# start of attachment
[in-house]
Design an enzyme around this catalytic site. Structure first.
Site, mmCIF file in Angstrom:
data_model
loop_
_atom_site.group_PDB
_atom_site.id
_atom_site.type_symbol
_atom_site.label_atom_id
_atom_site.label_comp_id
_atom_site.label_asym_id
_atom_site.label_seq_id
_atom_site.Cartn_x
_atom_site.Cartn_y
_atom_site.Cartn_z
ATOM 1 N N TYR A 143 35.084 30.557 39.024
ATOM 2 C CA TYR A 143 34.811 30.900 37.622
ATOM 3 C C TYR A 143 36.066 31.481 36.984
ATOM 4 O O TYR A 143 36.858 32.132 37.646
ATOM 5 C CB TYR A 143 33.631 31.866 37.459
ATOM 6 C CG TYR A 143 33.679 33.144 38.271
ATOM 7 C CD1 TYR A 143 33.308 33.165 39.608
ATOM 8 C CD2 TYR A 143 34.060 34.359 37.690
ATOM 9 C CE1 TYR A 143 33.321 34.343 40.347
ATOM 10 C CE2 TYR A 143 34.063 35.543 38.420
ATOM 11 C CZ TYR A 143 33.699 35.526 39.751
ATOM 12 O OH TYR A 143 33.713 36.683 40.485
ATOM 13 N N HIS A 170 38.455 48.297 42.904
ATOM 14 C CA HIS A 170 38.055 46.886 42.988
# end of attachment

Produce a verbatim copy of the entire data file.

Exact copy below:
[in-house]
Design an enzyme around this catalytic site. Structure first.
Site, mmCIF file in Angstrom:
data_model
loop_
_atom_site.group_PDB
_atom_site.id
_atom_site.type_symbol
_atom_site.label_atom_id
_atom_site.label_comp_id
_atom_site.label_asym_id
_atom_site.label_seq_id
_atom_site.Cartn_x
_atom_site.Cartn_y
_atom_site.Cartn_z
ATOM 1 N N TYR A 143 35.084 30.557 39.024
ATOM 2 C CA TYR A 143 34.811 30.900 37.622
ATOM 3 C C TYR A 143 36.066 31.481 36.984
ATOM 4 O O TYR A 143 36.858 32.132 37.646
ATOM 5 C CB TYR A 143 33.631 31.866 37.459
ATOM 6 C CG TYR A 143 33.679 33.144 38.271
ATOM 7 C CD1 TYR A 143 33.308 33.165 39.608
ATOM 8 C CD2 TYR A 143 34.060 34.359 37.690
ATOM 9 C CE1 TYR A 143 33.321 34.343 40.347
ATOM 10 C CE2 TYR A 143 34.063 35.543 38.420
ATOM 11 C CZ TYR A 143 33.699 35.526 39.751
ATOM 12 O OH TYR A 143 33.713 36.683 40.485
ATOM 13 N N HIS A 170 38.455 48.297 42.904
ATOM 14 C CA HIS A 170 38.055 46.886 42.988